What is it and why do we care?
Brace yourself for a shocker…individual hosts within a population are different! In the age of COVID-19, we are all intimately familiar with these differences, captured in terms like “superspreader” – an individual that disproportionately contributes to transmission events within a population. Identifying the causes and consequences of individual-level heterogeneity in host contact rates, parasite shedding rates, or host dispersal rates can help us better predict and manage disease dynamics.
What are we working on?
Emerging infectious diseases are one of the most important causes of ongoing amphibian population declines and extinctions. For example, the disease chytridiomycosis, caused by the fungal pathogens Batrachochytrium dendrobatidis (Bd) and B. salamandrivorans (Bsal), has been the direct cause of declines and extinctions in hundreds of amphibian species across the globe.
However, one notable feature of chytrid-induced amphibian declines is that ostensibly similar populations of amphibians can show drastically different responses to invasion by chytrid fungus, ranging from the fungus failing to invade, enzootic persistence of the host and pathogen, to disease-induced extirpation of the host population. While multiple factors contribute to these population-level differences, individual-level heterogeneity in pathogen intensity among hosts plays a key role in determining population-level disease dynamics.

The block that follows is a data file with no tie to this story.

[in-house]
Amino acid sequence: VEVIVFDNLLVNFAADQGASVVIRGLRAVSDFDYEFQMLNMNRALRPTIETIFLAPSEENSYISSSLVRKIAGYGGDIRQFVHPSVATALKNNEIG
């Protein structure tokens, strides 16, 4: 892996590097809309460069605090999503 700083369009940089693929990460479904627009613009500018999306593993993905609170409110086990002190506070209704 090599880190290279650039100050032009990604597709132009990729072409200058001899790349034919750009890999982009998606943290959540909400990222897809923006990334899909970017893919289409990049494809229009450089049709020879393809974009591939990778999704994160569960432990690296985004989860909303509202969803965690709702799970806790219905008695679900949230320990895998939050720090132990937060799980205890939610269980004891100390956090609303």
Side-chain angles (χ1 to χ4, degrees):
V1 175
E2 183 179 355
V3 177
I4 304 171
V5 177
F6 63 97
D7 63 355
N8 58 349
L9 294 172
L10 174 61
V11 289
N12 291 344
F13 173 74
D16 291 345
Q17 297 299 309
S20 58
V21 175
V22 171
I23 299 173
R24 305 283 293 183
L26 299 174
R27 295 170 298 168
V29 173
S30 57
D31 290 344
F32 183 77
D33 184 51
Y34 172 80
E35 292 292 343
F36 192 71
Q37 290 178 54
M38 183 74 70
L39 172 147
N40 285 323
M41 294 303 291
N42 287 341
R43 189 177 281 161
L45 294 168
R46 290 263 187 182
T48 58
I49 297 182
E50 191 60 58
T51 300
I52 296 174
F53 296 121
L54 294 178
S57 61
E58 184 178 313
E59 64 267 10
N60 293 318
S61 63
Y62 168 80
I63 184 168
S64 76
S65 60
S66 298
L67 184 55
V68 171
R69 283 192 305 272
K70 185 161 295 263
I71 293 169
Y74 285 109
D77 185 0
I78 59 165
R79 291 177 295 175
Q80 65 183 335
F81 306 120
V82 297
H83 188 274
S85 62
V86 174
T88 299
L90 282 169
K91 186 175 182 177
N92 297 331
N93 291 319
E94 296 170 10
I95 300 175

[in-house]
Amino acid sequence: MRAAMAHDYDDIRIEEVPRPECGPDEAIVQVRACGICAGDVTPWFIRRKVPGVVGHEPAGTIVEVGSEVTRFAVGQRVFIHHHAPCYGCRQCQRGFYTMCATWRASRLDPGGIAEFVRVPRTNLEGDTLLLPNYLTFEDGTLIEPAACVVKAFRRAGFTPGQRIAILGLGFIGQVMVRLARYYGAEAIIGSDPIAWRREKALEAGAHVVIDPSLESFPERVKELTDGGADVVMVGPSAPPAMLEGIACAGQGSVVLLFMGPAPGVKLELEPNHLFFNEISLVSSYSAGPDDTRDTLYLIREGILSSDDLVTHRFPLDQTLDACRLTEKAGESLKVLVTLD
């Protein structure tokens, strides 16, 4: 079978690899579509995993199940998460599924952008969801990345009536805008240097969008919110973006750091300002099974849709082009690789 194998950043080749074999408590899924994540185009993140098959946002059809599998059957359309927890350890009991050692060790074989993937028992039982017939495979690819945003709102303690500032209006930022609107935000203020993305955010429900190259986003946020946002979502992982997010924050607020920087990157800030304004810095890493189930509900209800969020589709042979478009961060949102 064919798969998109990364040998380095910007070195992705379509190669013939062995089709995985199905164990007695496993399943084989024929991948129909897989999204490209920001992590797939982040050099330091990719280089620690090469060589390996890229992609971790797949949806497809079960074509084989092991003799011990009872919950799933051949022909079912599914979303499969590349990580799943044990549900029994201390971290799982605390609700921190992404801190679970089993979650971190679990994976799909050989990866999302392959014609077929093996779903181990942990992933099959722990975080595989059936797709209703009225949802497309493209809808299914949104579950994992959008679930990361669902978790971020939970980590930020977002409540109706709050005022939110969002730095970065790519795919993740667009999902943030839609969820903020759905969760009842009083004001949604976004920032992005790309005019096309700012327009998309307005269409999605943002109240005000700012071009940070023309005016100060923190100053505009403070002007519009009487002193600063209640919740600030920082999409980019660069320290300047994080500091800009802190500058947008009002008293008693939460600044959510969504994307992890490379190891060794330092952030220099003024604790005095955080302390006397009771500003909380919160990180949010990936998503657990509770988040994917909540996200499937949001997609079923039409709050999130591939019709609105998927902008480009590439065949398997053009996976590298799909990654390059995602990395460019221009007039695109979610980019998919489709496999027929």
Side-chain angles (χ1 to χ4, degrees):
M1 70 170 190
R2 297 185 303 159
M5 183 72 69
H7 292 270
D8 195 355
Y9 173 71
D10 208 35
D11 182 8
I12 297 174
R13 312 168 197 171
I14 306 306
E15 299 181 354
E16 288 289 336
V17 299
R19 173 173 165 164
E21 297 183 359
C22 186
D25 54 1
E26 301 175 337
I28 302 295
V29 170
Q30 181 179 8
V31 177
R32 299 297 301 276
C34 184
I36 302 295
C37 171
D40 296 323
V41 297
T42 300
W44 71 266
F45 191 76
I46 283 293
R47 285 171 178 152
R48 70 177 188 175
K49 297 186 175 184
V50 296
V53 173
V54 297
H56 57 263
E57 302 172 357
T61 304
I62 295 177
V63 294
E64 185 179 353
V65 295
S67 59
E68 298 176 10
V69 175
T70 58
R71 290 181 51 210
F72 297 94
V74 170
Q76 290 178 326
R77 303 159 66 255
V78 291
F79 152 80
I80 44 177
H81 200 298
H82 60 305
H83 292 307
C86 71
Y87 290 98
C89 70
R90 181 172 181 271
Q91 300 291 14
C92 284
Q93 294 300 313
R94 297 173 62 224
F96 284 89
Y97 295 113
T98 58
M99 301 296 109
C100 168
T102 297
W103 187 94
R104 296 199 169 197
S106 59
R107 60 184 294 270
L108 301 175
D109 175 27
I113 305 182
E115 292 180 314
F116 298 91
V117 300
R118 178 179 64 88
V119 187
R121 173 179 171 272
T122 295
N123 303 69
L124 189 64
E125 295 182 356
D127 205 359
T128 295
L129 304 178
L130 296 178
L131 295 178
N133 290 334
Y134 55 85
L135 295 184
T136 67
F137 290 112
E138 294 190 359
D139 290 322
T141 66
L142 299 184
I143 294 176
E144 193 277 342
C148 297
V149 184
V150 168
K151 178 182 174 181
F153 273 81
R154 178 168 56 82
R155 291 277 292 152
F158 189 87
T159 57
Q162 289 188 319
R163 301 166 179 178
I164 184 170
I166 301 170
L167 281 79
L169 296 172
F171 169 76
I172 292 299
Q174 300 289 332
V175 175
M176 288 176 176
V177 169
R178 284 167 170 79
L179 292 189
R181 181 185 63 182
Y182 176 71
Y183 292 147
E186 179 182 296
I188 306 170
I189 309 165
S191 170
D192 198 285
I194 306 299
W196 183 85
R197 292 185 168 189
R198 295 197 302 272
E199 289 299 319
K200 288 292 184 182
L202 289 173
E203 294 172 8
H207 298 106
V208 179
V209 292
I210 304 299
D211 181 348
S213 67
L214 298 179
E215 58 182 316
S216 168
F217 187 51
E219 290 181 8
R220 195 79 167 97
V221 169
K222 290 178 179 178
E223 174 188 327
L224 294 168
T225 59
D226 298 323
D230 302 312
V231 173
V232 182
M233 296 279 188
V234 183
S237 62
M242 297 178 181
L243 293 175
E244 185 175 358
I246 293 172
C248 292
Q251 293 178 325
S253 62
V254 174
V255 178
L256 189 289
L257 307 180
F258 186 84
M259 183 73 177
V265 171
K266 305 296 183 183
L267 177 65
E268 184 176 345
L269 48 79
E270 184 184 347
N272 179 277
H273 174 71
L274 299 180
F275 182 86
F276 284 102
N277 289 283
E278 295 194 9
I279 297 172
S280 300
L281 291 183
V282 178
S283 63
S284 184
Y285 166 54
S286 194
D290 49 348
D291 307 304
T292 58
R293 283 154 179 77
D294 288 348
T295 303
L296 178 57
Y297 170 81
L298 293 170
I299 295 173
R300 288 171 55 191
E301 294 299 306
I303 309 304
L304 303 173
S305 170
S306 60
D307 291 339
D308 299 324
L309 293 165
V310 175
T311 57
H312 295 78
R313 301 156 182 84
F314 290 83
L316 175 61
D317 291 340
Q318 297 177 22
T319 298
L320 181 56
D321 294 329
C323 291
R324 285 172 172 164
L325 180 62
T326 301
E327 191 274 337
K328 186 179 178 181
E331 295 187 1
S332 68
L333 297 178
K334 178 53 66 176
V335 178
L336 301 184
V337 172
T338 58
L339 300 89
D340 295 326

In collaboration with amphibian researchers around the globe, we combine mathematical modeling, laboratory experiments, and field data to ask questions such as
- How do differences in amphibian resistance and tolerance to Bd and Bsal infection affect host population dynamics following pathogen invasion?
- What are the most effective management strategies for reducing the negative impacts of chytrid fungus on amphibian populations?
- Can we predict the number of amphibian hosts in a population that are likely killed by parasites using patterns of individual heterogeneity in infection intensity?
The effects of host movement on host-pathogen dynamics
A fundamental difference among individual hosts in a population is how they move on the landscape. Among-individual variability in movement can influence both direct and indirect transmission and ultimately pathogen invasion. There is an on-going explosion in the availability of data pertaining to host movement (e.g., from GPS tracking devises) and between-host contacts (e.g., from proximity loggers) providing a unique opportunity to identify the potentially disproportionate role of particular individuals (i.e., super-movers) on disease spread. However, we still lack mechanistic and predictive understanding of the following questions
- What are the relative contributions of resource- and socially-driven movements to disease dynamics?
- How much does fine-scale spatial heterogeneity in transmission risk affect population-level disease dynamics?
- What are the relative contributions of direct and indirect transmission to individual- and population-level infection risk?
Answering these questions has important implications for understanding the dynamics of wildlife diseases of economic concern, such as chronic wasting disease – an infectious, degenerative neurological disease of cervids. Our research addresses these questions by combining new theoretical developments in spatial disease modeling with commonly-collected movement data in wildlife systems.